Gallery: World Racing League refuses to slow amid Saturday snow
Dirt track racing is in many ways a servant to Mother Nature. Temperamental track surfaces require a precise amount of moisture to make show go, and if rain visited in the days ahead of the weekend race, there’s a good chance the ground will become saturated slop. After heavy doses of the wet stuff, these clay arenas—like your front lawn—take days to dry out.
This was the case last weekend, when I witnessed two Ohio dirt dates cancelled to an onslaught of Midwest spring showers. Rather than punting, I called an audible and made a pit stop into Mid-Ohio, where World Racing League (WRL) was competing on the tricky 15-turn sports car course. Unlike my beloved dirt scene, this amateur endurance racing series will race in any type of weather.
Including snow, apparently.
Despite an unseasonable slate of early morning snow showers, cars hit the track at their scheduled time and drove under a fluttering green flag just after 9:00 a.m., for their first of two eight-hour marathon races. The snowfall eventually gave way to intermittent rain and sun, but not before offering some rather unusual photo ops.
Unless you’re a bona fide track rat, WRL is probably off your radar. So let’s get you up to speed. Among the amateur road racing ecosystem, there are plenty of sanctioning bodies searching for their niche. SCCA, AER, NASA, GLTC—enough acronym salad to make your head spin. Add to the fact that there are respective classes within those groups, and it makes sense why club racing is a mile wide and a mile deep. Some series promise a thin rulebook, others promise intense wheel-to-wheel racing. Most are out to serve up on-track fun.
According to WRL, the series’ goal is to balance pro-style racing with a value-driven rules and format. Race teams compete in endurance races with relatively hard tires (180-plus treadwear) under rules that dissuade contact. “I enjoy WRL because it features bucket list tracks, an endurance format with lots of track time, and we are driving modern cars,” says Director of Hagerty Motorsports Brian Ghidinelli, who was racing in a BMW M4 GT4 at Mid-Ohio. The number of professional teams, drivers, and crew in the paddock each weekend demonstrates WRL’s legitimacy. That said, cars are still able to compete at a fraction of the cost.”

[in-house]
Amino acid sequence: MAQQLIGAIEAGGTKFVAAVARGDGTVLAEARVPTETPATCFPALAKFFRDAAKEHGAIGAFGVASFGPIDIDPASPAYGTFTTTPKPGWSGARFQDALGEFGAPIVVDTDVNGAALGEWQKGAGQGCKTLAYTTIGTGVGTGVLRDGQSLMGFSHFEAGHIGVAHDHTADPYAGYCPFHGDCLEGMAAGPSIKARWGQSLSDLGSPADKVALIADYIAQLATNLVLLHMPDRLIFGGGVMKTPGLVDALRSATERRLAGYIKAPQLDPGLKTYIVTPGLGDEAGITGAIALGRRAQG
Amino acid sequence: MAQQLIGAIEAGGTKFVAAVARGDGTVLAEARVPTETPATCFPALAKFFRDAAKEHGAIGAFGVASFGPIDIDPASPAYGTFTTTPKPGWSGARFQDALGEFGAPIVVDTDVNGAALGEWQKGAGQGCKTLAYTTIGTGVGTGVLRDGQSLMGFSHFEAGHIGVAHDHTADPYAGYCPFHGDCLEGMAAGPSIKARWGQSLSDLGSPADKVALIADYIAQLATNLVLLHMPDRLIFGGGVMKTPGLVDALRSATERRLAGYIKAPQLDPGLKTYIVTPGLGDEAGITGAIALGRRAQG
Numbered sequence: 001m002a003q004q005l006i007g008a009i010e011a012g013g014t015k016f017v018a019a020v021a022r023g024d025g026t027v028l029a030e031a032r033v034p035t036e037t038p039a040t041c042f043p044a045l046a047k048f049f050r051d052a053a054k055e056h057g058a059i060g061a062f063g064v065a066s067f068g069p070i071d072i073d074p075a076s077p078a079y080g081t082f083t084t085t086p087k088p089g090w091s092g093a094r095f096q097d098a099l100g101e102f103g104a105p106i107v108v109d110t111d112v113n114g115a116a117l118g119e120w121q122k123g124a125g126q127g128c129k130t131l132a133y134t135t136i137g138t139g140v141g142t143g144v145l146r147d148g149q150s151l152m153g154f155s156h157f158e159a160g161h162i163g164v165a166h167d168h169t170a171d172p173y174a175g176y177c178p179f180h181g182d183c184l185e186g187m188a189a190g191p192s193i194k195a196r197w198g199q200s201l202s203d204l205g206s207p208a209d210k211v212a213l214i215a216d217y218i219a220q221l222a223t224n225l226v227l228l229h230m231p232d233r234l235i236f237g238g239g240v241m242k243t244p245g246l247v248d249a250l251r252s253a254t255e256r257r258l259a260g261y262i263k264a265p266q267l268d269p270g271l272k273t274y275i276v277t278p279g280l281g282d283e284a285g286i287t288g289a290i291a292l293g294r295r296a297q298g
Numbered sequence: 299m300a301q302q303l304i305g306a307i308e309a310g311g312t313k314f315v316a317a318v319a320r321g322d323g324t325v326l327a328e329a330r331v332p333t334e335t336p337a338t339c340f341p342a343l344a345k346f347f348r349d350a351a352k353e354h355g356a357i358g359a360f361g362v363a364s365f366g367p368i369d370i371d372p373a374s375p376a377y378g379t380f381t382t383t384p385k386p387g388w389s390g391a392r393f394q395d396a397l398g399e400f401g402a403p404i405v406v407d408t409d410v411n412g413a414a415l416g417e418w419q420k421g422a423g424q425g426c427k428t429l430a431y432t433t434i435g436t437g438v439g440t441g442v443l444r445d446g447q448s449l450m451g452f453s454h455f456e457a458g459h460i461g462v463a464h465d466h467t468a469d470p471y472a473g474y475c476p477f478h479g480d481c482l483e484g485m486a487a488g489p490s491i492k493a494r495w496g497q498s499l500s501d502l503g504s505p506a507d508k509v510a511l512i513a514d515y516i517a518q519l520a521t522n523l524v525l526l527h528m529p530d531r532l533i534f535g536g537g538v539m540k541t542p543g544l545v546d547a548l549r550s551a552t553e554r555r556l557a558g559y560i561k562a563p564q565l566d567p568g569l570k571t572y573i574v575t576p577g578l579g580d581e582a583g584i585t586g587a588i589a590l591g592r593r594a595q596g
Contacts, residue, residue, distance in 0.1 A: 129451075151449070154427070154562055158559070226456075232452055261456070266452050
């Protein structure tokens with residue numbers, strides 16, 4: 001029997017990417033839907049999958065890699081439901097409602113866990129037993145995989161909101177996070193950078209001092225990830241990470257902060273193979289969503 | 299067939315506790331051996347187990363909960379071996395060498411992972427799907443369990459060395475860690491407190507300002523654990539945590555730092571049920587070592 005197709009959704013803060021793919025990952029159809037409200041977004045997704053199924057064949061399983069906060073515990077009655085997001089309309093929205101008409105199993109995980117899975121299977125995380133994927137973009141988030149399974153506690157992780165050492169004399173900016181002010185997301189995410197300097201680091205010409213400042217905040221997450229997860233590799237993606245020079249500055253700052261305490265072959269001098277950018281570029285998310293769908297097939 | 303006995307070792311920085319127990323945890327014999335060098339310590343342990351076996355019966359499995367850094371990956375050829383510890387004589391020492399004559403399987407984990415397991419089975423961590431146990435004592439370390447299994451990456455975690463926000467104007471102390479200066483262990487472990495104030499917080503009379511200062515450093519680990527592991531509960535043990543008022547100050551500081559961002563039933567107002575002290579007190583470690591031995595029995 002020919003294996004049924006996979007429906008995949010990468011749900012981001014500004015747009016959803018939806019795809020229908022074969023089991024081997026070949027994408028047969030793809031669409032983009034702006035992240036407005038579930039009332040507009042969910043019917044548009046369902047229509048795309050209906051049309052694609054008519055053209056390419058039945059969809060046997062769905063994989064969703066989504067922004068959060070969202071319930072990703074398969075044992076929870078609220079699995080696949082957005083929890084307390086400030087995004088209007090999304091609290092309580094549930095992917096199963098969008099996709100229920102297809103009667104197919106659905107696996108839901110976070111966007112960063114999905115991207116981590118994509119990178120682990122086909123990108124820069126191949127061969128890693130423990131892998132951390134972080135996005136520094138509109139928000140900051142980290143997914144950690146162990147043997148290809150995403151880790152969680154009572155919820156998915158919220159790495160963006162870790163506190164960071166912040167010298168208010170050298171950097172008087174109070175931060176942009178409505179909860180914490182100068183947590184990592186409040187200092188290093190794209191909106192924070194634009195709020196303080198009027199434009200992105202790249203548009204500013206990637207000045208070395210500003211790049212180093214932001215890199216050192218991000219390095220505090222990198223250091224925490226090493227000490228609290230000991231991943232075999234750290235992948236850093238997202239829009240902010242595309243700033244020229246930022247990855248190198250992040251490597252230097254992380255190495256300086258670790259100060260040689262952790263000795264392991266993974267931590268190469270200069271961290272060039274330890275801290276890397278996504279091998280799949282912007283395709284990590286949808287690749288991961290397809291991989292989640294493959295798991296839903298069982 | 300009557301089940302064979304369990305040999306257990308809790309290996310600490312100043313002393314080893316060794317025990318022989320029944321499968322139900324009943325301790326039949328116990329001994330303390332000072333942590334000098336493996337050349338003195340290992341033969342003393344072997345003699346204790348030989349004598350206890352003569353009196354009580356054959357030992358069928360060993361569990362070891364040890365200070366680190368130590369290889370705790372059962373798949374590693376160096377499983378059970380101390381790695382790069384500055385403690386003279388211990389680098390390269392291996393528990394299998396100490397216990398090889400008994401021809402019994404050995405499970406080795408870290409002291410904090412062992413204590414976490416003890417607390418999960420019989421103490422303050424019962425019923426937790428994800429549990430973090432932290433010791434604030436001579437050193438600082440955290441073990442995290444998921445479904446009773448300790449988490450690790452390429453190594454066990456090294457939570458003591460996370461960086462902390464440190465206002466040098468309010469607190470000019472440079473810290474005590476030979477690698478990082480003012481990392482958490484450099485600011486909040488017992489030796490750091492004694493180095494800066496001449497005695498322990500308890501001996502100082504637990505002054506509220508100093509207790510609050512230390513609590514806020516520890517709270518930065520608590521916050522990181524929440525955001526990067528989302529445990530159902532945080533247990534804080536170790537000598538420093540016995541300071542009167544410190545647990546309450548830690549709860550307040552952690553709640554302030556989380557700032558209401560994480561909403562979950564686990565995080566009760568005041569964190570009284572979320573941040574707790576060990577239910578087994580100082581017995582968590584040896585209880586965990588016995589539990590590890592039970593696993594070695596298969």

Like professional sports car racing, WRL’s field of contesting cars are divided into classes; in this case, two. Its General Production (GP) class is comprised of three sub-groups based on power-to-weight and features an eclectic roster of production cars with stripped interiors, home-fabbed cages, and—potentially—swapped drivetrains. Anything from a Nissan 350Z to a BMW E36 M3, Porsche 944, or a VW-powered Miata can be successfully campaigned in this class.
Grand Touring Open (GTO) cars make up the rest of the field. While there are some homespun racers in this class as well, many of the cars are used factory-built pro series cars, previously raced in GT4 or TCR. Teams in this group must not exceed the 9:1 power-to-weight ratio.
Put these wildly different cars on the track at once and it becomes a powder keg for on-track insanity. During the race at Mid-Ohio, I witnessed many GTO cars locked in battle while having to simultaneously navigate GP cars, which doubled as moving chicanes. Back in the paddock, the efforts are just as diverse—open trailers versus stacked, professional pit boxes versus lawn chairs. All teams are required to conduct live pitstops. Just like Le Mans, drivers swap the seat while teams service the vehicle.
In a somewhat covert—and totally old school—effort, Ford boss Jim Farley was racing a Ford Performance Mustang with a rear wing the size of an aircraft carrier. Back in the day, it was commonplace for Big Three C-suiters to club race. Farley’s on-track presence at the grassroots level was a welcome sight.
I spent an afternoon pointing my Canon 1DX at these amateur road racers. The frigid air was wreaking havoc on my shutter finger, which made me wonder how the drivers were faring. “I’ve raced in freezing temps before, but never with a half-inch of snow on the ground,” said Ghidinelli. “It was hard to stay warm, but the real challenge was mental. Mid-Ohio is notoriously slick in the wet, and it took a lot of focus to adapt to the rapidly-changing surface. I love that kind of challenge.”
The 1DX was equally up to the task, though, the weather seal was no doubt working overtime to keep the moisture out of body. If only my work boots were as adept. Oh, well. I had an absolute riot in the wet and eventually dried out. I’m not some servant to Mother Nature.